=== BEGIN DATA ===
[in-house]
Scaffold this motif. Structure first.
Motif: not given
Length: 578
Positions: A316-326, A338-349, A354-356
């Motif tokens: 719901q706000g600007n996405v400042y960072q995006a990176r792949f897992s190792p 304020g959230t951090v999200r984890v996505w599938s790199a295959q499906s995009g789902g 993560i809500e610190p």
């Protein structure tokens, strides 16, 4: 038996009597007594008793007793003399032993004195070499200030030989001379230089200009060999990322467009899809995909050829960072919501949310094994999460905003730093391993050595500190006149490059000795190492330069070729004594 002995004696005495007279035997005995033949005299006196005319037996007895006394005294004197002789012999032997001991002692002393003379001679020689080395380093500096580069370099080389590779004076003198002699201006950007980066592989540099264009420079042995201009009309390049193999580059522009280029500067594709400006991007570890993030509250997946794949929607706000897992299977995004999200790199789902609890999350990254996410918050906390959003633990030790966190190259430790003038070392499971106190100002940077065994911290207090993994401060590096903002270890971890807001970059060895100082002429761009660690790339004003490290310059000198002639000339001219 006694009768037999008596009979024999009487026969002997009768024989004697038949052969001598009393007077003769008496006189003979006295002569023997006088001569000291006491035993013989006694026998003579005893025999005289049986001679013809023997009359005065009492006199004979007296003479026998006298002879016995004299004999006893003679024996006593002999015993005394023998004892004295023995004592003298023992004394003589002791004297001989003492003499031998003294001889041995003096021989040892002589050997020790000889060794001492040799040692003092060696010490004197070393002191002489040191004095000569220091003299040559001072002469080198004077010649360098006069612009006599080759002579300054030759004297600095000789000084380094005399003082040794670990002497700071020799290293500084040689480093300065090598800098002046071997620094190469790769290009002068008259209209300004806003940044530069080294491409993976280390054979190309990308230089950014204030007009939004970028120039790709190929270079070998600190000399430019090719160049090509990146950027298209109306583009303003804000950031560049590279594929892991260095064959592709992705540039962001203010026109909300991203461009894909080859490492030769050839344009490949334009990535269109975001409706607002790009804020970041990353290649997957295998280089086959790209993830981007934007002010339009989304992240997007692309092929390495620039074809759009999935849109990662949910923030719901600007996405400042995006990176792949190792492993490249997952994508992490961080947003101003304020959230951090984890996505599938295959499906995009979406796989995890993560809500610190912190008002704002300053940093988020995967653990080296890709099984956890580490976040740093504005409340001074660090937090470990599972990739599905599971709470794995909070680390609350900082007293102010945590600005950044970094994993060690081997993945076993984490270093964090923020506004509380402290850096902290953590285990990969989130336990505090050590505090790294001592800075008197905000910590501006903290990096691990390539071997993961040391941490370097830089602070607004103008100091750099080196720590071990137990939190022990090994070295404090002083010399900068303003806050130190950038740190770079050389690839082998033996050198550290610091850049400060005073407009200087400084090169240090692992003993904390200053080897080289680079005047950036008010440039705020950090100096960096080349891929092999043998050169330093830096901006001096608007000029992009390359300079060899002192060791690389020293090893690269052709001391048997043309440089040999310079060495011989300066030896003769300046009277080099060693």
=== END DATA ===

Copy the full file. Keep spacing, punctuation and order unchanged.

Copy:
[in-house]
Scaffold this motif. Structure first.
Motif: not given
Length: 578
Positions: A316-326, A338-349, A354-356
């Motif tokens: 719901q706000g600007n996405v400042y960072q995006a990176r792949f897992s190792p 304020g959230t951090v999200r984890v996505w599938s790199a295959q499906s995009g789902g 993560i809500e610190p």
């Protein structure tokens, strides 16, 4: 038996009597007594008793007793003399032993004195070499200030030989001379230089200009060999990322467009899809995909050829960072919501949310094994999460905003730093391993050595500190006149490059000795190492330069070729004594 002995004696005495007279035997005995033949005299006196005319037996007895006394005294004197002789012999032997001991002692002393003379001679020689080395380093500096580069370099080389590779004076003198002699201006950007980066592989540099264009420079042995201009009309390049193999580059522009280029500067594709400006991007570890993030509250997946794949929607706000897992299977995004999200790199789902609890999350990254996410918050906390959003633990030790966190190259430790003038070392499971106190100002940077065994911290207090993994401060590096903002270890971890807001970059060895100082002429761009660690790339004003490290310059000198002639000339001219 006694009768037999008596009979024999009487026969002997009768024989004697038949052969001598009393007077003769008496006189003979006295002569023997006088001569000291006491035993013989006694026998003579005893025999005289049986001679013809023997009359005065009492006199004979007296003479026998006298002879016995004299004999006893003679024996006593002999015993005394023998004892004295023995004592003298023992004394003589002791004297001989003492003499031998003294001889041995003096021989040892002589050997020790000889060794001492040799040692003092060696010490004197070393002191002489040191004095000569220091003299040559001072002469080198004077010649360098006069612009006599080759002579300054030759004297600095000789000084380094005399003082040794670990002497700071020799290293500084040689480093300065090598800098002046071997620094190469790769290009002068008259209209300004806003940044530069080294491409993976280390054979190309990308230089950014204030007009939004970028120039790709190929270079070998600190000399430019090719160049090509990146950027298209109306583009303003804000950031560049590279594929892991260095064959592709992705540039962001203010026109909300991203461009894909080859490492030769050839344009490949334009990535269109975001409706607002790009804020970041990353290649997957295998280089086959790209993830981007934007002010339009989304992240997007692309092929390495620039074809759009999935849109990662949910923030719901600007996405400042995006990176792949190792492993490249997952994508992490961080947003101003304020959230951090984890996505599938295959499906995009979406796989995890993560809500610190912190008002704002300053940093988020995967653990080296890709099984956890580490976040740093504005409340001074660090937090470990599972990739599905599971709470794995909070680390609350900082007293102010945590600005950044970094994993060690081997993945076993984490270093964090923020506004509380402290850096902290953590285990990969989130336990505090050590505090790294001592800075008197905000910590501006903290990096691990390539071997993961040391941490370097830089602070607004103008100091750099080196720590071990137990939190022990090994070295404090002083010399900068303003806050130190950038740190770079050389690839082998033996050198550290610091850049400060005073407009200087400084090169240090692992003993904390200053080897080289680079005047950036008010440039705020950090100096960096080349891929092999043998050169330093830096901006001096608007000029992009390359300079060899002192060791690389020293090893690269052709001391048997043309440089040999310079060495011989300066030896003769300046009277080099060693």